A poet tracks his journey from a dalit colony on the edges of Magadi town-where he would rather roam the hills and wade in rivers than attend school-to the hardships of living in dalit hostels in the city. Instead of despairing in his poverty, he turns to poetry. This makes the poet look at the benefits of sleeping on the streets of Bangalore: ‘The imagination of people who sleep under the star-studded sky takes wing. They become close to the moon.’ We hear Siddalingaiah’s fiercely political and poetic voice mature as he tastes success as an orator and legislator, but his mood for mischief never diminishes. He regards a chief minister and an idli vendor with the same degree of affectionate irreverence.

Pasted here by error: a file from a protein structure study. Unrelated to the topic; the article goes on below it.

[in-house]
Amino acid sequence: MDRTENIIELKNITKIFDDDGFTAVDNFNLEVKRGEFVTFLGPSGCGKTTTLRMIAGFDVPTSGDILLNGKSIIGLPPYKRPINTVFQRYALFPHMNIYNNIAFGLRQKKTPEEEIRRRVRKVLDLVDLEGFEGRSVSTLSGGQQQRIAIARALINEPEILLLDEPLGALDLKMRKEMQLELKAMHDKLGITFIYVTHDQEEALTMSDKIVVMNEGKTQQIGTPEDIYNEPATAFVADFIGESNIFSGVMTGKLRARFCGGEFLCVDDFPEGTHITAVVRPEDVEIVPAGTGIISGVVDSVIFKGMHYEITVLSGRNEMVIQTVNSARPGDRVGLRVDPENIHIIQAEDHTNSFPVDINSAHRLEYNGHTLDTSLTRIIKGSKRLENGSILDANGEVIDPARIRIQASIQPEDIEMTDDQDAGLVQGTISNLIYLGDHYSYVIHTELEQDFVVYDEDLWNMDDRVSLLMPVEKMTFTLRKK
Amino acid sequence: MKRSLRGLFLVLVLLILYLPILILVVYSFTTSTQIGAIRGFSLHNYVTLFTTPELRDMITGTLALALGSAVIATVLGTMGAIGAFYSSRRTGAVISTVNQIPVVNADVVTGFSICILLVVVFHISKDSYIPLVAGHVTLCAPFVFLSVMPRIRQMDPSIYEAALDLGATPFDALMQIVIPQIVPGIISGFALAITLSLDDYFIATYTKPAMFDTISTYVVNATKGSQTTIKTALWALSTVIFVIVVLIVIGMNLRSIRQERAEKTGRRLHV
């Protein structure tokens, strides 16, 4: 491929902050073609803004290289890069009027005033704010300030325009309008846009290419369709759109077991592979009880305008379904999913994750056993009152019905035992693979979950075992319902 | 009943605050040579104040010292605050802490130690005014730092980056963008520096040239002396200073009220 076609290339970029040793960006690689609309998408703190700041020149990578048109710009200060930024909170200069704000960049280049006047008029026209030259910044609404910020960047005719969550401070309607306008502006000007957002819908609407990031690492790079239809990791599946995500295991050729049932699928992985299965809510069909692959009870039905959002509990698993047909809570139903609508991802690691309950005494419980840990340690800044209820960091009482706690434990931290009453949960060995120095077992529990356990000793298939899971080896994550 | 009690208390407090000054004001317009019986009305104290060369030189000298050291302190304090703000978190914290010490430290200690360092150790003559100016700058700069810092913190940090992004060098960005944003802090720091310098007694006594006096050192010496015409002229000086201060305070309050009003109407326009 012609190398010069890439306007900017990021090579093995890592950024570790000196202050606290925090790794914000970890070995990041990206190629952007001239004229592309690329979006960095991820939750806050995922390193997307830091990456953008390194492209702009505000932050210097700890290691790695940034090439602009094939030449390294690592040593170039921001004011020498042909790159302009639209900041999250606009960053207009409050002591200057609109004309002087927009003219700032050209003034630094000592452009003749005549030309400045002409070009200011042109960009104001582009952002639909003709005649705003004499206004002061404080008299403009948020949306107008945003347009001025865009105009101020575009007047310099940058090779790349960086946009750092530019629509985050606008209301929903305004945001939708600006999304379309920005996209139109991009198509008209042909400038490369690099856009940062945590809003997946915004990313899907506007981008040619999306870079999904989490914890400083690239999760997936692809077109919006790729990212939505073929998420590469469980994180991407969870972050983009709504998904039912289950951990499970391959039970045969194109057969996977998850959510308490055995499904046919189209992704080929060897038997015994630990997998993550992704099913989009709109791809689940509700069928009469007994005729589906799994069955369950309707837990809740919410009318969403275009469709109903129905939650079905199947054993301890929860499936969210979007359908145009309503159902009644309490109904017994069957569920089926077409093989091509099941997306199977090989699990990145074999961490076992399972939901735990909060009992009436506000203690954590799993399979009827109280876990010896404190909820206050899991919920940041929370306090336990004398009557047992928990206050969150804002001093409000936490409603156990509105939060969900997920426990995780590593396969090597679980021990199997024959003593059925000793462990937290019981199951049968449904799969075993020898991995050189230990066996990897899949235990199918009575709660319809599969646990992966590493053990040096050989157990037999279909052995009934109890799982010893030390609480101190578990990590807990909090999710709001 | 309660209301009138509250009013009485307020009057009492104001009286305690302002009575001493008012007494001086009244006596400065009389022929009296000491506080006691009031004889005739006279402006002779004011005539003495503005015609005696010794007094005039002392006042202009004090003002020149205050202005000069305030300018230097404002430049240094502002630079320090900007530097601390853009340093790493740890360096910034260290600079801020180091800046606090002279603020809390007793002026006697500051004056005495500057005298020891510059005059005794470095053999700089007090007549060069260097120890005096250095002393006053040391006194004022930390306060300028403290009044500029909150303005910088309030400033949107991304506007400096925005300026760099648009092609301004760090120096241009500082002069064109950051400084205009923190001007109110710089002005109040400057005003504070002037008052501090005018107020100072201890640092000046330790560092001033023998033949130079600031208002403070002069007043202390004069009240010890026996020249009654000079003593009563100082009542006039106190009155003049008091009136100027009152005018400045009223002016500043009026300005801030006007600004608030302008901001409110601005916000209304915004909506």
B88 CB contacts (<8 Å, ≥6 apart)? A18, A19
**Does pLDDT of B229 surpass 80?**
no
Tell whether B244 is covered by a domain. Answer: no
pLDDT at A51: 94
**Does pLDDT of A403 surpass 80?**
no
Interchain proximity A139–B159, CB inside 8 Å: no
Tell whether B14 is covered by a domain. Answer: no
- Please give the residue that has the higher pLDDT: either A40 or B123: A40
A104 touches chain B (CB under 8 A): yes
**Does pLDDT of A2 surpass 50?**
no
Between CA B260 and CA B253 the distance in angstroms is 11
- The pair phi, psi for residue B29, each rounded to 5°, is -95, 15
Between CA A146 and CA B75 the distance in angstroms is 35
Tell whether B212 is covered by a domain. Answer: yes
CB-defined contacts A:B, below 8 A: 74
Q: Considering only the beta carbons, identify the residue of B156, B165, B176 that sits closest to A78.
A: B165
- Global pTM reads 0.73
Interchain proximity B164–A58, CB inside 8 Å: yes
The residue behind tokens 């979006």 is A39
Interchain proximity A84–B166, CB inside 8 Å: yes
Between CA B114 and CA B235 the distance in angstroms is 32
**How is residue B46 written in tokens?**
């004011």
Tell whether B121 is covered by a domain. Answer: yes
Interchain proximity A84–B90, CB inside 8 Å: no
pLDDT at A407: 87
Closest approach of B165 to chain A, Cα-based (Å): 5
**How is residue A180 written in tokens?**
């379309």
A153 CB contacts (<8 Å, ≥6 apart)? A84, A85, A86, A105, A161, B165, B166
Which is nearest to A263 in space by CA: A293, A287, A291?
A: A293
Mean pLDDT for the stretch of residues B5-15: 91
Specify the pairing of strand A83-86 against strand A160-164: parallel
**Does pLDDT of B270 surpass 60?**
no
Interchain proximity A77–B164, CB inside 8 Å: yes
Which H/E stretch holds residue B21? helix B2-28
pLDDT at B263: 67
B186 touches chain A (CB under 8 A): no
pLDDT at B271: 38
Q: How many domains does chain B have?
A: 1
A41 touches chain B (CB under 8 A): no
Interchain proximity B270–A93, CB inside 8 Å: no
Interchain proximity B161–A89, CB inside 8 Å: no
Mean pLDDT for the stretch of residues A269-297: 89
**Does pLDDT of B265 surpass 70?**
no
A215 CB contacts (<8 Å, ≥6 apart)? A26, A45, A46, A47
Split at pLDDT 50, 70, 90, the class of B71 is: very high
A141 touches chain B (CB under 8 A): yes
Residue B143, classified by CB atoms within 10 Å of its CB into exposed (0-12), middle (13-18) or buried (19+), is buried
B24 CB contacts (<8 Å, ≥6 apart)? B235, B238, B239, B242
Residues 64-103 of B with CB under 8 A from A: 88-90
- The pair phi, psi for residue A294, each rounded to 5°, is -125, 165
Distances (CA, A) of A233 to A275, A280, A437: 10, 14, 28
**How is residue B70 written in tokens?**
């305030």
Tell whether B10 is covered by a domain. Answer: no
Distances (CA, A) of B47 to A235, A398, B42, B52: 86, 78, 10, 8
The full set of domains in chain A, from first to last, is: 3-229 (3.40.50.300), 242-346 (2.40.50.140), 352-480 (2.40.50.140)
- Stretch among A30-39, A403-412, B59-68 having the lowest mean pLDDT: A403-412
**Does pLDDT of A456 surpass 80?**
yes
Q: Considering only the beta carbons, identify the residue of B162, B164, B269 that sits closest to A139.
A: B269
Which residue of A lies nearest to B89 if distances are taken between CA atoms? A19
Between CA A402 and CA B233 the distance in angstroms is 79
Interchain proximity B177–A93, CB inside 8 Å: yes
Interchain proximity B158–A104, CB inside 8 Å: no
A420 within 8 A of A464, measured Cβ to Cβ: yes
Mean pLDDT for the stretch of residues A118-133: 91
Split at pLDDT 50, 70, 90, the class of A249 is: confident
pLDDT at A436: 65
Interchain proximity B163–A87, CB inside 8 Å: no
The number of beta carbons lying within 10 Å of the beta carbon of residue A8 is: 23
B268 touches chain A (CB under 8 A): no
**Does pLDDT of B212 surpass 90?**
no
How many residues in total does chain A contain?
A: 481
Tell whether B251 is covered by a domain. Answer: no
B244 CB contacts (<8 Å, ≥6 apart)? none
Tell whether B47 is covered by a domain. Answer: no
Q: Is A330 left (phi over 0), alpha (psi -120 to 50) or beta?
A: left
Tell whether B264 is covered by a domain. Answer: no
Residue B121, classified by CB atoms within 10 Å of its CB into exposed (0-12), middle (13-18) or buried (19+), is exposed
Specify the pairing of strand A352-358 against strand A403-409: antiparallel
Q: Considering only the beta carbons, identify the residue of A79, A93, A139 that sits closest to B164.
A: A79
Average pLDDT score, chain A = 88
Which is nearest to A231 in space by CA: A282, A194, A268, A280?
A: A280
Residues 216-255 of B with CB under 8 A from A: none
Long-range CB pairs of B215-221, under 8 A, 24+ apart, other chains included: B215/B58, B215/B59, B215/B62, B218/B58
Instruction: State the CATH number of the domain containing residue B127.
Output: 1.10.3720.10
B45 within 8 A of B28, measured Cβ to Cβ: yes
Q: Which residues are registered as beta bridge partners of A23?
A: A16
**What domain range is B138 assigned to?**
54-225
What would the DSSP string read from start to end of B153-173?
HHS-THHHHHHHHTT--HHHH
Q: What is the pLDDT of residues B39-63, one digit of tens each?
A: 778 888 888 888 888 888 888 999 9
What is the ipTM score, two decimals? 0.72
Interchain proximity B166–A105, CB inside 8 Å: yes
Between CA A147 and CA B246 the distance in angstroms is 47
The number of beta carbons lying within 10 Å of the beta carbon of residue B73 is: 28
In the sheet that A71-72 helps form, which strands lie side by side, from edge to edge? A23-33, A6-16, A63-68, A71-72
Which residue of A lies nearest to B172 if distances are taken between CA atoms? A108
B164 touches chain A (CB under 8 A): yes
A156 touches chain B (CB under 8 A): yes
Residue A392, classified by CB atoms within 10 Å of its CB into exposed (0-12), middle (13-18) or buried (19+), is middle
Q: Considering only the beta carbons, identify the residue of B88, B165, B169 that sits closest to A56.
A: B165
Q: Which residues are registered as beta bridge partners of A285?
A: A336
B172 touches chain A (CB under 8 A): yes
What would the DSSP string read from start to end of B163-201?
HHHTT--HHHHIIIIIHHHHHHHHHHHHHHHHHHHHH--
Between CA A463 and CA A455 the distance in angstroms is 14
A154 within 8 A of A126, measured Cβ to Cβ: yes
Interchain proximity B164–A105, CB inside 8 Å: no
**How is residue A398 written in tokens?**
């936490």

A Word With You, World is a vivid evocation of everyday life and labour, of conviviality and courage, of poverty and loss. As the critic D.R. Nagaraj says in his afterword, Siddalingaiah offers us a bonsai-like compression of life. ‘This is writing that makes rage pleasant. Here, anger becomes sarcasm. Ire is translated into a mischief that grasps the subtleties of life.’